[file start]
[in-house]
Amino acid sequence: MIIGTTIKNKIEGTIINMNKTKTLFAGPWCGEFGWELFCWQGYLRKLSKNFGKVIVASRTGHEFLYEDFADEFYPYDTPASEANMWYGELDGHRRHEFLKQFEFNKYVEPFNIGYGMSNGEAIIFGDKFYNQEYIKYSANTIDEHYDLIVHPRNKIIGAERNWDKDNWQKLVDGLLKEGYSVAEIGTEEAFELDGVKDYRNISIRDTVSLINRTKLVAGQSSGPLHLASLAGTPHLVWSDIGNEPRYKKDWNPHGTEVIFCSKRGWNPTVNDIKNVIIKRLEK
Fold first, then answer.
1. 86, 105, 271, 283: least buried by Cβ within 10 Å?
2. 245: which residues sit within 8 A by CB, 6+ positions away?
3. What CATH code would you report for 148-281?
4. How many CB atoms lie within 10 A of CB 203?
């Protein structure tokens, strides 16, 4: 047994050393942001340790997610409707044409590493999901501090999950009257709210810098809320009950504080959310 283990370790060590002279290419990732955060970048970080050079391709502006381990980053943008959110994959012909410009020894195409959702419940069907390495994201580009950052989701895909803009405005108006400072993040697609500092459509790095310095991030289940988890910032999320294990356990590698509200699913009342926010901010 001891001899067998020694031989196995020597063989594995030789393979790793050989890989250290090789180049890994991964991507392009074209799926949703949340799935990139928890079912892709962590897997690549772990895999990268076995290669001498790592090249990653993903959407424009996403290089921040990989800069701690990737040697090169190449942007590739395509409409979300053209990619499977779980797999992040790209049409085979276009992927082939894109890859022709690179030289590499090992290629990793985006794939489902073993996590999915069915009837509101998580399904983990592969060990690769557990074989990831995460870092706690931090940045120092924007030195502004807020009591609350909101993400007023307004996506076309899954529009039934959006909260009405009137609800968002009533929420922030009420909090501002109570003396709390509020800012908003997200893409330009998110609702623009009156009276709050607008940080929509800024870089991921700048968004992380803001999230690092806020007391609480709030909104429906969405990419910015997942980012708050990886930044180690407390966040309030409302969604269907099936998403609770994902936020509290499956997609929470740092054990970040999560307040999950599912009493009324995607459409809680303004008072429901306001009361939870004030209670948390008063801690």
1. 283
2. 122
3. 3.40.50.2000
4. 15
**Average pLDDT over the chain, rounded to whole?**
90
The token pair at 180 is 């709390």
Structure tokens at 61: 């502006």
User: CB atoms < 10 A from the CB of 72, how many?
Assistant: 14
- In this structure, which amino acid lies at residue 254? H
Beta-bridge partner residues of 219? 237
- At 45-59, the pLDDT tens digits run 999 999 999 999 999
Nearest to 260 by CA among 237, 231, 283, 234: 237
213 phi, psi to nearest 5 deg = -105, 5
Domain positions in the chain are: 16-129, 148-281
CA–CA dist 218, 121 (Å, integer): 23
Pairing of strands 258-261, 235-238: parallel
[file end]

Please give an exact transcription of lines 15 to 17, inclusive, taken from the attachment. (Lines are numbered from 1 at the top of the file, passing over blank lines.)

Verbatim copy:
The token pair at 180 is 């709390």
Structure tokens at 61: 């502006």
User: CB atoms < 10 A from the CB of 72, how many?